Devon, UK: Artist led walk, 2/12
A walk through Tungsten mine in Devon with mythogeographic walking artists Crab and Bee to commemorate the last wolves of Dartmoor in the 1780s. The event was also to raise awareness of the ongoing habitat destruction on southern Dartmoor.
Syracuse (NY), USA: Day of events at SUNY College of Environmental Science and Forestry 29/11
ESF students, faculty and staff observed Remembrance Day for Lost Species Thursday, Nov. 29 to pause from their work and explore the stories of extinct and critically endangered species, cultures, lifeways and ecological communities.
Brian Ratcliffe, a graduate student was the principle organiser, curating a day of events centred around the themes of extinction, memory, emotion and community.
–A grief and healing ceremony: featuring music, poetry, stories, ritual and food.
–An extinction gallery: a slideshow depicting species from the region who are endangered, threatened or extinct.
–A remembrance circle: space for people to leave flowers, stones, photos, drawings, notes, candles or anything else left in a spirit of honor and remembrance.
-Letter-Writing Campaign in Defense of the Endangered Species Act
Mural creation: student artists facilitated the collective creation of a mural made from rubbish which was to result in an image of an extinct species.
-Species appreciation walk: A student led a walk across the campus, pointing out plant species along the way and telling their storie
-Film screening of Black Ash Basketry: A Story of Cultural Resilience
As part of his ‘sketch a day’ project, Adrian Ventura dedicated a sketch to the Vaquita for RDLS – a porpoise on the brink of extinction.
Charlotte Wrigley posted a photograph on twitter of her new tattoo depicting Steller’s Sea Cow to add to her collection of extinct species tattoos. (right)
Tattoo portrait of Martha, the last passenger pigeon for RDLS posted on Instagram (below) inspired by Kate Snowbird’s original painting.
London, UK: Drawing Session with Andrea Carr 30/11
‘Live drawing/ erasing’ at Studio 73
New work by artist and performer Andrea Carr. She drew the wild Atlantic salmon – a longstanding target of commercial fishing and habitat destruction – and then asked passersby in the street to rub sections of the drawing out.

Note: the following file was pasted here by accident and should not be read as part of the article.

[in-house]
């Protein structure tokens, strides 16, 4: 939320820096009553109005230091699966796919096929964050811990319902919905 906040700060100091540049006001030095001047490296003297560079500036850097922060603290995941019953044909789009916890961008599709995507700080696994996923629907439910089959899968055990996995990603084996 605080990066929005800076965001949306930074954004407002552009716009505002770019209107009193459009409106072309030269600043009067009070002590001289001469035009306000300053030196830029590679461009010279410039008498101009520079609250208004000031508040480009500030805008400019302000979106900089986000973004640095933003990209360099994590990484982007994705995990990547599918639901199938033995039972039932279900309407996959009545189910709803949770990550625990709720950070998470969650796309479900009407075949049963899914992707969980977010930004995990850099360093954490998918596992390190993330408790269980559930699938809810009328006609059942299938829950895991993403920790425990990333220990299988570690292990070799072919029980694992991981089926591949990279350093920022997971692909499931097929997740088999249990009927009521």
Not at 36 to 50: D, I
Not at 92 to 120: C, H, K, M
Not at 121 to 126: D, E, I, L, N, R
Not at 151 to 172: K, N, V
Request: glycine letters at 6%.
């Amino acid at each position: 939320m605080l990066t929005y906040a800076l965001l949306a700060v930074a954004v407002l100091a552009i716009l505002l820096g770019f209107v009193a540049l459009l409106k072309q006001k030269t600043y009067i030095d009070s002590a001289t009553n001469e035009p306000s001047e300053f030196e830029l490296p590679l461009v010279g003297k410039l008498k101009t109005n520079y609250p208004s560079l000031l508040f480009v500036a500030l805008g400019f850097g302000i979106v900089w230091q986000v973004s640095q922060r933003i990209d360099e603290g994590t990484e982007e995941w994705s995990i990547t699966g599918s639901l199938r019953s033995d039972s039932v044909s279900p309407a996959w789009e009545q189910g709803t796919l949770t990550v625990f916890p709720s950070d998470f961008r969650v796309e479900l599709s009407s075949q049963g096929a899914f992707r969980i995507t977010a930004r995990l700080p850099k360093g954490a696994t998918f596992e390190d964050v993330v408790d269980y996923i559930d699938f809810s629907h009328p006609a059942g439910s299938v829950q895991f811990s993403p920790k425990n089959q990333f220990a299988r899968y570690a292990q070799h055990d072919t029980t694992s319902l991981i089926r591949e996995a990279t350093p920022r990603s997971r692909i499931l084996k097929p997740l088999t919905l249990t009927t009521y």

Louise Pallister Louise Pallister posted a new print for RDLS 2018 on Twitter dedicated to the Thylacine, made extinct in 1936.
Brighton, UK: Remembrance swim
Cloe Ofori shared on twitter that she and others went for an ice cold swim in the sea in remembrance of Steller’s sea cow – reflecting on the “torture of extinction through the bitter cold of the water”. They then wrote pledges on stones and threw them into the water.
Svenja Meyerricks writing on ‘Remembrance, Lost Species and Parenthood’ for RDLS 2018
‘To grow a tiny person and nurture her with my body’s own milk was the most visceral reminder of my own mammalian nature and place in the wider biotic community.’
‘Moving beyond stuff and pets, the only meaningful way to love animals these days is to find our place in the wider biotic community once again with humility and awe.’
Full text here.
Sydney, Australia: thylacine office cushion
Simon from Sydney ‘drew’ a thylacine in sequins in his office’s cushion to mark Lost Species Day 2018 in hope that his colleagues would reflect on the reality of extinction with him.
Hapi and the Lost Species
Release new EP entitled ‘Human Nature Changes’ to coincide with RDLS.
Kate Tume/ Mother Eagle
New embroidery remembrance handkerchief series by Kate Tume. The first two are dedicated to the last Pyrenean Ibex (Celia, 2000) and Lonesome George, the last Pinta Island Tortoise (2012). Posted on Instagram.
Jill created a new 2D video animation of Steller’s Sea Cow disappearing in the water for RDLS 2018 and posted it on Instagram.
Kat Lyons: poetry
Kat Lyons shared a poem she wrote thinking about extinction for RDLS on Instagram. The title is ‘Ghosts on My Tongue’
Chris Lochner exhibited his botanical illustrations of extinct and endangered plant species at Verge Exhibition in Australia which coincided with RDLS 2018. The image depicts The Pink Satyr, an endangered species of orchid.
Glasgow, UK: An Urban Dive 30/11
‘Urban Divers continued their research into climate destabilisation and marine biodiversity loss with a dive down Buchanan St, Glasgow. Wading through Black Friday remnants they searched for the 90% of large fish lost in the last 50 years due to human activity.’ (@LostSpeciesDay)